Sandra Day O’Connor, first woman to serve on Supreme Court, dies at 93

Retired Justice Sandra Day O’Connor, the first woman to serve on the Supreme Court and who emerged as the swing vote on some of the court’s biggest cases, died Friday. She was 93.

O’Connor died in Phoenix of “complications related to advanced dementia, probably Alzheimer’s, and a respiratory illness,” the court announced in a statement.

Just over a decade after she retired, O’Connor had announced in 2018 that she was withdrawing from public life after being diagnosed with dementia.

Nominated by then-President Reagan in 1981, O’Connor became the first woman to serve on the nation’s highest bench.

Over her more than two decades on the Supreme Court, O’Connor became an independent voice, at times siding with the liberal wing and guiding many of the court’s consequential cases.

Originally personally opposed to abortion, O’Connor ultimately wrote majority opinions upholding the constitutional right to the procedure. 

She also wrote the court’s landmark decision upholding affirmative action in college admissions and was part of the 5-4 majority in Bush v. Gore that enabled George W. Bush to become president in 2000.

Born in El Paso, Texas, O’Connor was raised in Arizona and served in all three branches of the state’s government before coming to Washington.

After graduating from Stanford Law School, where she met her husband, John, O’Connor attempted to gain employment as a lawyer. But she struggled to get hired because of her gender, saying she called more than 40 law firms that publicized they wanted to interview Stanford graduates.

“Not one of them would give me an interview,” O’Connor told NPR in 2013. “I was a woman, and they said, ‘We don’t hire women,’ and that was a shock to me. It was a total shock.”

After being hired as a deputy county attorney in California — where O’Connor offered to work without pay — she repeatedly broke barriers in the years following. 

After a stint as an Arizona attorney general, she joined the state Senate. In 1972, she became the first woman to become majority leader in a state legislature anywhere in the country.

She later served on the Maricopa County Superior Court and a state appeals court.

In 1981, President Reagan nominated O’Connor to the Supreme Court, making good on his promise to make a woman one of his first appointments to the nation’s highest bench.

After more than two decades on the bench and years of serving as the Supreme Court’s preeminent swing vote, O’Connor in 2005 announced her intent to retire to care for her husband, who was suffering from Alzheimer’s disease. He died in 2009.

Former President George W. Bush initially nominated John Roberts as O’Connor’s successor, but after Chief Justice William Rehnquist died, Roberts filled Rehnquist’s seat instead. O’Connor was ultimately replaced by Justice Samuel Alito.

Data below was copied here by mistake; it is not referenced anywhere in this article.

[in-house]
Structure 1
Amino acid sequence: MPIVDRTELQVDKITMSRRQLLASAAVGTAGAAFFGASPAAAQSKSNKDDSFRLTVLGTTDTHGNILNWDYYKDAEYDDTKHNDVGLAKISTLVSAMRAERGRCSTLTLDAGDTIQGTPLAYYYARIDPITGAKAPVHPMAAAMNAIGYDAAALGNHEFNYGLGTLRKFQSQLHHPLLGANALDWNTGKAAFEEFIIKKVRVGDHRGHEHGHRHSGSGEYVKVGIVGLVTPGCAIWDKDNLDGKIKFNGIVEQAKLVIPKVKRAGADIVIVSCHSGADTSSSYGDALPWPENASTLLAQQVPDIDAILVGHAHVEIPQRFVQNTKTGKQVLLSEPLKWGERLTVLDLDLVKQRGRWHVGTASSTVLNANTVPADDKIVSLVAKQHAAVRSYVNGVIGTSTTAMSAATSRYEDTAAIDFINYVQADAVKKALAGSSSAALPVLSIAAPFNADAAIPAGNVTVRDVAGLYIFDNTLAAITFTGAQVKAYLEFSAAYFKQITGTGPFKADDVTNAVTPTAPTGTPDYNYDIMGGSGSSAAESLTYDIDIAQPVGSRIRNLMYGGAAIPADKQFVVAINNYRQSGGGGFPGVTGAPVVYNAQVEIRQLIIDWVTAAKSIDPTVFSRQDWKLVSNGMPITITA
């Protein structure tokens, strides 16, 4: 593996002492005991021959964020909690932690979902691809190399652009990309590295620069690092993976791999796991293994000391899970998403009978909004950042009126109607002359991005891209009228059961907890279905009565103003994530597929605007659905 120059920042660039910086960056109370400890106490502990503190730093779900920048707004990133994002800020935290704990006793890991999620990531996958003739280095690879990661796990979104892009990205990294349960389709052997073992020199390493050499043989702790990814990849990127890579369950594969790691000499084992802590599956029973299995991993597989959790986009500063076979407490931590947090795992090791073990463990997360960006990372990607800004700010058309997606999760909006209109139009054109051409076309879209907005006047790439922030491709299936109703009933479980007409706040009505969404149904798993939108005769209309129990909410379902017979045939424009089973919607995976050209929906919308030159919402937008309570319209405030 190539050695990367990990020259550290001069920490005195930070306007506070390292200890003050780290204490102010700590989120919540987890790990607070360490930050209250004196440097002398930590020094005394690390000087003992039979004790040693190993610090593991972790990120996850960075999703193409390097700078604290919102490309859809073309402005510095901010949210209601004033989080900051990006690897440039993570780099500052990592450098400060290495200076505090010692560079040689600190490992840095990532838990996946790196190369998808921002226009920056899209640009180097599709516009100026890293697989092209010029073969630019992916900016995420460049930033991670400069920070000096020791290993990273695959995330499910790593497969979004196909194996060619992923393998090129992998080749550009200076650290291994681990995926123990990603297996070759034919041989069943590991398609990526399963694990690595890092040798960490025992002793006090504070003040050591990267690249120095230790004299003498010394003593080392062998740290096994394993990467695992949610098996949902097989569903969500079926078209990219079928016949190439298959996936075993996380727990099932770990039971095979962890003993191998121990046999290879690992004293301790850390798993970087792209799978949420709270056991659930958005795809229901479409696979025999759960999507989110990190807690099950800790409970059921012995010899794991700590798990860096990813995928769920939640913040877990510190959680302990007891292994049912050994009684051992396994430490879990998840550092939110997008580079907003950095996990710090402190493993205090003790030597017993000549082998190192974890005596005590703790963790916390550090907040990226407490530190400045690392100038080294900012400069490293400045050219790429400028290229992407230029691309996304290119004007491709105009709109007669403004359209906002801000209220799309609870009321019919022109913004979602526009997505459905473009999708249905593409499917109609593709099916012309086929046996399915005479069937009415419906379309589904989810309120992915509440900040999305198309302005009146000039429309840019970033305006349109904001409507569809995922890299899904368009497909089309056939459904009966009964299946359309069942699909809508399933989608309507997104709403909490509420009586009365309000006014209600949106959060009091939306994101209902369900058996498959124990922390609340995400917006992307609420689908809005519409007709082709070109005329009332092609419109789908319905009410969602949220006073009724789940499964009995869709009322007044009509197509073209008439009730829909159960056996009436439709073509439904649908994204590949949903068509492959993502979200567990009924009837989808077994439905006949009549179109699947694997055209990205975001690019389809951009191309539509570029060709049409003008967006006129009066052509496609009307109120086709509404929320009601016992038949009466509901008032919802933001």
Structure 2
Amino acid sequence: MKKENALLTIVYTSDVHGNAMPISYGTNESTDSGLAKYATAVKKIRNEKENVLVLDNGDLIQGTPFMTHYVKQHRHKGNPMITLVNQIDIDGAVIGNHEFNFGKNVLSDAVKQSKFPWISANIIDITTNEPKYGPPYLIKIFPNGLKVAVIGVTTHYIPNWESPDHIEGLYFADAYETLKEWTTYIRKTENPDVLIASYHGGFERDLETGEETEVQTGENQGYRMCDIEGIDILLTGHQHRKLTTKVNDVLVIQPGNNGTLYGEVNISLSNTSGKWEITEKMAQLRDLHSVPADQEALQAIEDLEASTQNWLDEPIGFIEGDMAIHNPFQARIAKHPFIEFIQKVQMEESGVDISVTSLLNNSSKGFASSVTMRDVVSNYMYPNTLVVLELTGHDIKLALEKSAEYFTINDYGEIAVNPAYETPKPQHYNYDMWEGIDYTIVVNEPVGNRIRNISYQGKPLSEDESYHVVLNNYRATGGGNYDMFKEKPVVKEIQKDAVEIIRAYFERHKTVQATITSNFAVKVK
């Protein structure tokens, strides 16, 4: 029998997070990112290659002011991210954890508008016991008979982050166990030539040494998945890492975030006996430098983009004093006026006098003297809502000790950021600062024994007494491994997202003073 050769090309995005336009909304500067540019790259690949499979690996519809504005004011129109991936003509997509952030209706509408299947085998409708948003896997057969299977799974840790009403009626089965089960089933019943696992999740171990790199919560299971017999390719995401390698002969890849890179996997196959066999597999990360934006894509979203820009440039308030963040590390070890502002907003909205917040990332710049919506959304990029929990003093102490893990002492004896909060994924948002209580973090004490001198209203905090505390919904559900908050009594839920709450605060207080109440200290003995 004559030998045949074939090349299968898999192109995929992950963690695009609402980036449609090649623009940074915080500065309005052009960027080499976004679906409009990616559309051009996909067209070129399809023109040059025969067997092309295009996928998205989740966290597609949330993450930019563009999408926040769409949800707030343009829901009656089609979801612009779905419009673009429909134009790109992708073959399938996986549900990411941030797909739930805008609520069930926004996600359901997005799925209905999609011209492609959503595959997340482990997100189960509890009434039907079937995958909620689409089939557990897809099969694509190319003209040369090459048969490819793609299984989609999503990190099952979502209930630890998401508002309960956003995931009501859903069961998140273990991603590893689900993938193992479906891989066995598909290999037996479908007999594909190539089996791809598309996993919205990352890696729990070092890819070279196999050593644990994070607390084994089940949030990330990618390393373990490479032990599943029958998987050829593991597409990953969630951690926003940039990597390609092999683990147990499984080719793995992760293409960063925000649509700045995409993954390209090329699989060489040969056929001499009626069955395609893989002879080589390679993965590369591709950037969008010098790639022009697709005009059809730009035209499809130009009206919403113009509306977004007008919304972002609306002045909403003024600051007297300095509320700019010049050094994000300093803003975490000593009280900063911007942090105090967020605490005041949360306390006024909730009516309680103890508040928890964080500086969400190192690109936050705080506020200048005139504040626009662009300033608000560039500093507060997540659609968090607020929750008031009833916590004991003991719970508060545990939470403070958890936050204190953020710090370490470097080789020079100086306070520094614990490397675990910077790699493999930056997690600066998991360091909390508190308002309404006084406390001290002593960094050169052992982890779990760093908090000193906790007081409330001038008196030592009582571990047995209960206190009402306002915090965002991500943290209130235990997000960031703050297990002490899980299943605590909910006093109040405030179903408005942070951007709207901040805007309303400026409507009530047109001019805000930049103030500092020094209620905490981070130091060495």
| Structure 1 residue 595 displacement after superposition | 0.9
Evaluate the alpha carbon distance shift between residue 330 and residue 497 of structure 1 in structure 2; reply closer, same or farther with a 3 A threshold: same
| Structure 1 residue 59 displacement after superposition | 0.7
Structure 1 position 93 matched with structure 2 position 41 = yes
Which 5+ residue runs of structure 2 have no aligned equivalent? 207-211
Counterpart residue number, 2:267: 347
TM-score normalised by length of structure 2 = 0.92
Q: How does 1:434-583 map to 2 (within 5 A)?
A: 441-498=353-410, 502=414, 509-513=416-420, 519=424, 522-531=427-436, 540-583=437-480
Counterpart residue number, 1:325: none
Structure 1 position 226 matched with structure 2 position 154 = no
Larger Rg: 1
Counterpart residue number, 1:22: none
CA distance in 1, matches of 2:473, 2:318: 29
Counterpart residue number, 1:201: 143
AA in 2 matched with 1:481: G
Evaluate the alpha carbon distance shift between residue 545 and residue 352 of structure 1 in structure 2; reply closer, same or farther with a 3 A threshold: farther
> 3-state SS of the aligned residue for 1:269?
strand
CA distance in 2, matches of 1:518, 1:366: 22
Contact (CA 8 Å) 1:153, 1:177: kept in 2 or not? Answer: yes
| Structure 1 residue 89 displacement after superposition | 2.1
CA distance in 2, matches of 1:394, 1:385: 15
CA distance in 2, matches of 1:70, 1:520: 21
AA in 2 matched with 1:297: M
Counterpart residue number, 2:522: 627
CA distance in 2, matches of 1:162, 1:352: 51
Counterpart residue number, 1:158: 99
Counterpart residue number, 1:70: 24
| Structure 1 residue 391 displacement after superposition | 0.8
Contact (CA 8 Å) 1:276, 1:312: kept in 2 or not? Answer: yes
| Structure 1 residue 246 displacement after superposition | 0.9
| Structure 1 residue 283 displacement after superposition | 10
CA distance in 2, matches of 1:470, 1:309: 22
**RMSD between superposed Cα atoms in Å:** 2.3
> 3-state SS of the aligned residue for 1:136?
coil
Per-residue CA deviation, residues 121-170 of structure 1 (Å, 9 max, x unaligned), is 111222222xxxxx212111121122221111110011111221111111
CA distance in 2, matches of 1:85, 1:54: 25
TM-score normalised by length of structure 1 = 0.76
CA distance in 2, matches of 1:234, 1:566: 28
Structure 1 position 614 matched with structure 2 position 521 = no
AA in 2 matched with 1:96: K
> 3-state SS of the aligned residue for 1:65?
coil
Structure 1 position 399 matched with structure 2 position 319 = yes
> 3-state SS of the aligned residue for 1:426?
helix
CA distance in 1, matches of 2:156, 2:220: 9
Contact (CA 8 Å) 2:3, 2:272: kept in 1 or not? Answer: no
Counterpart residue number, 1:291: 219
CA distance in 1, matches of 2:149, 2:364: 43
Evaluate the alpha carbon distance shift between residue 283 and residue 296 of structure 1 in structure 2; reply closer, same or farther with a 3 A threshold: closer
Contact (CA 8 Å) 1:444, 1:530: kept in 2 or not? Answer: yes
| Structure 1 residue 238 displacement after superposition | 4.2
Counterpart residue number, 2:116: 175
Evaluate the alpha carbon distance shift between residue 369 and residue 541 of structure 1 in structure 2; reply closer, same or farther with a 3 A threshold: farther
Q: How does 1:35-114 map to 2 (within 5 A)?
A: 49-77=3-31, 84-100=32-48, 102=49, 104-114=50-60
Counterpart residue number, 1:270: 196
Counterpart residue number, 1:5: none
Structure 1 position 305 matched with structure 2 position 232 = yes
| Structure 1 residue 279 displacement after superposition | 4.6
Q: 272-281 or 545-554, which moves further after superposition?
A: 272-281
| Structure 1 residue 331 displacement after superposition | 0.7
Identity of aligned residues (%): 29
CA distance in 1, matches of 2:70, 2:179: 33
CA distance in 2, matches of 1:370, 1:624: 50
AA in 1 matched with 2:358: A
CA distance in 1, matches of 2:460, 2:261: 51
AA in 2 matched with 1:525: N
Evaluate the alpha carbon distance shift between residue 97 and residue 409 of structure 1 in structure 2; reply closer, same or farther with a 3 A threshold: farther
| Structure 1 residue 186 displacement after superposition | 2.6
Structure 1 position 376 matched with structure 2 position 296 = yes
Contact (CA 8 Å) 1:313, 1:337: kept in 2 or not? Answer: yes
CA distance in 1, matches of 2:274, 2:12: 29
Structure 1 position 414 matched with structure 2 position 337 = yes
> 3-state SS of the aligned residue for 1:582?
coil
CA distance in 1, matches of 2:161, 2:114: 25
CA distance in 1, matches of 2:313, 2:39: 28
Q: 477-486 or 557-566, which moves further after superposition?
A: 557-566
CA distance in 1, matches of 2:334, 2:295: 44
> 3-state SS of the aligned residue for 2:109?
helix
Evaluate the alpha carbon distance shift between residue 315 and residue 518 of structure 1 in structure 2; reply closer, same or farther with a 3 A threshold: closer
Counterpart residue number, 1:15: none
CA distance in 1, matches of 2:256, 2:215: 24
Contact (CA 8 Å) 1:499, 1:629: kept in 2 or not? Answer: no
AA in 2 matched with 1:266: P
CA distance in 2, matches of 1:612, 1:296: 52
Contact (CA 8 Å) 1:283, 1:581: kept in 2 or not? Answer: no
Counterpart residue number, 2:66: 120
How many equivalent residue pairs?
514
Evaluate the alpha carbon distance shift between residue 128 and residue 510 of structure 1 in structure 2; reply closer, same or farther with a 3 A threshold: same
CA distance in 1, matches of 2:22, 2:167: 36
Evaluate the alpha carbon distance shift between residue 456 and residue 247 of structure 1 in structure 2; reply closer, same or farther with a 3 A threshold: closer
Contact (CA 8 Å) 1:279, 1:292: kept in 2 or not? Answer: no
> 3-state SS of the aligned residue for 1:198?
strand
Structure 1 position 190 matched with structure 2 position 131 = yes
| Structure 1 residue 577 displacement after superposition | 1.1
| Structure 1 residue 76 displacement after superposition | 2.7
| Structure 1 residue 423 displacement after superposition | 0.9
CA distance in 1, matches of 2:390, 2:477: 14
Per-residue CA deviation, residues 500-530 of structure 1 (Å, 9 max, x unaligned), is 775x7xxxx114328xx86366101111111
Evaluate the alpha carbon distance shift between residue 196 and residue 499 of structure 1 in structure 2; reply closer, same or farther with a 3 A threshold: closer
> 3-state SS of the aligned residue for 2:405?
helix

“A daughter of the American Southwest, Sandra Day O’Connor blazed an historic trail as our Nation’s first female Justice,” Roberts said in a statement.

“She met that challenge with undaunted determination, indisputable ability, and engaging candor. We at the Supreme Court mourn the loss of a beloved colleague, a fiercely independent defender of the rule of law, and an eloquent advocate for civics education,” he continued. “And we celebrate her enduring legacy as a true public servant and patriot.” 

Since leaving the bench, O’Connor became a leading advocate for civics education, founding and leading iCivics.

“I feel so strongly about the topic because I’ve seen first-hand how vital it is for all citizens to understand our Constitution and unique system of government, and participate actively in their communities,” she wrote years later. 

“It is through this shared understanding of who we are that we can follow the approaches that have served us best over time — working collaboratively together in communities and in government to solve problems, putting country and the common good above party and self-interest, and holding our key governmental institutions accountable.”

In 2018, O’Connor withdrew from public life, announcing she was diagnosed with the beginning stages of dementia, “probably” the same disease that afflicted her husband.

Current justices have continued to further O’Connor’s mission. Justice Sonia Sotomayor, who became the third woman to serve on the Supreme Court, sits on iCivics’s board, and multiple justices have participated in events with the group.

O’Connor is survived by her three sons, Scott, Brian and Jay, six grandchildren and her brother, Alan.

—Updated at 10:55 a.m.